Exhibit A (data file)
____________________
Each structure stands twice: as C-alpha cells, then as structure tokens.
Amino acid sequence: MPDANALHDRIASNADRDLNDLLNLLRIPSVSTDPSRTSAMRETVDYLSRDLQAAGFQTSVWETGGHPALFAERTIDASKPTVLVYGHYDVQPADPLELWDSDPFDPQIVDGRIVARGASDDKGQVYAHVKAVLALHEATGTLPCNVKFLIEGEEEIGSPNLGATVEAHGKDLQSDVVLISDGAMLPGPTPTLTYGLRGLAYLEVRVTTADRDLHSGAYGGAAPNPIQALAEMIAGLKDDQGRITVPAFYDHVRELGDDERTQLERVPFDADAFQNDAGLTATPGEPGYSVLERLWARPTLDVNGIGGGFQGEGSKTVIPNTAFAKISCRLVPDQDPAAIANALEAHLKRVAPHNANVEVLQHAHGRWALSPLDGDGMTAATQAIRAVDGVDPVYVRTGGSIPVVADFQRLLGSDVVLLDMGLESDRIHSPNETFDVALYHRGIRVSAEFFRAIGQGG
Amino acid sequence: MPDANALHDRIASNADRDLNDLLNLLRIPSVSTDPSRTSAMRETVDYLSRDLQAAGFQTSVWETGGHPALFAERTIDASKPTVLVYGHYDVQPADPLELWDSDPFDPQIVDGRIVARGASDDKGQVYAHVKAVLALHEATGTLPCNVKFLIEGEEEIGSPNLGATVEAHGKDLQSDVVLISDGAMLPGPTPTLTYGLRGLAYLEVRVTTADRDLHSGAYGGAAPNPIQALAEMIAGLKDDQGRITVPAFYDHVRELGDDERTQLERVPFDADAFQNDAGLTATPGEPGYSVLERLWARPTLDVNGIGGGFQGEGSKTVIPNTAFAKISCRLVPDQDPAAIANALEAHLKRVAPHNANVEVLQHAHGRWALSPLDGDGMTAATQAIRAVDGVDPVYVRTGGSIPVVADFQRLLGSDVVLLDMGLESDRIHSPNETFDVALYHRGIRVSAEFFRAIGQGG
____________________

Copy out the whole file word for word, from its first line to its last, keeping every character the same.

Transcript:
Each structure stands twice: as C-alpha cells, then as structure tokens.
Amino acid sequence: MPDANALHDRIASNADRDLNDLLNLLRIPSVSTDPSRTSAMRETVDYLSRDLQAAGFQTSVWETGGHPALFAERTIDASKPTVLVYGHYDVQPADPLELWDSDPFDPQIVDGRIVARGASDDKGQVYAHVKAVLALHEATGTLPCNVKFLIEGEEEIGSPNLGATVEAHGKDLQSDVVLISDGAMLPGPTPTLTYGLRGLAYLEVRVTTADRDLHSGAYGGAAPNPIQALAEMIAGLKDDQGRITVPAFYDHVRELGDDERTQLERVPFDADAFQNDAGLTATPGEPGYSVLERLWARPTLDVNGIGGGFQGEGSKTVIPNTAFAKISCRLVPDQDPAAIANALEAHLKRVAPHNANVEVLQHAHGRWALSPLDGDGMTAATQAIRAVDGVDPVYVRTGGSIPVVADFQRLLGSDVVLLDMGLESDRIHSPNETFDVALYHRGIRVSAEFFRAIGQGG
Amino acid sequence: MPDANALHDRIASNADRDLNDLLNLLRIPSVSTDPSRTSAMRETVDYLSRDLQAAGFQTSVWETGGHPALFAERTIDASKPTVLVYGHYDVQPADPLELWDSDPFDPQIVDGRIVARGASDDKGQVYAHVKAVLALHEATGTLPCNVKFLIEGEEEIGSPNLGATVEAHGKDLQSDVVLISDGAMLPGPTPTLTYGLRGLAYLEVRVTTADRDLHSGAYGGAAPNPIQALAEMIAGLKDDQGRITVPAFYDHVRELGDDERTQLERVPFDADAFQNDAGLTATPGEPGYSVLERLWARPTLDVNGIGGGFQGEGSKTVIPNTAFAKISCRLVPDQDPAAIANALEAHLKRVAPHNANVEVLQHAHGRWALSPLDGDGMTAATQAIRAVDGVDPVYVRTGGSIPVVADFQRLLGSDVVLLDMGLESDRIHSPNETFDVALYHRGIRVSAEFFRAIGQGG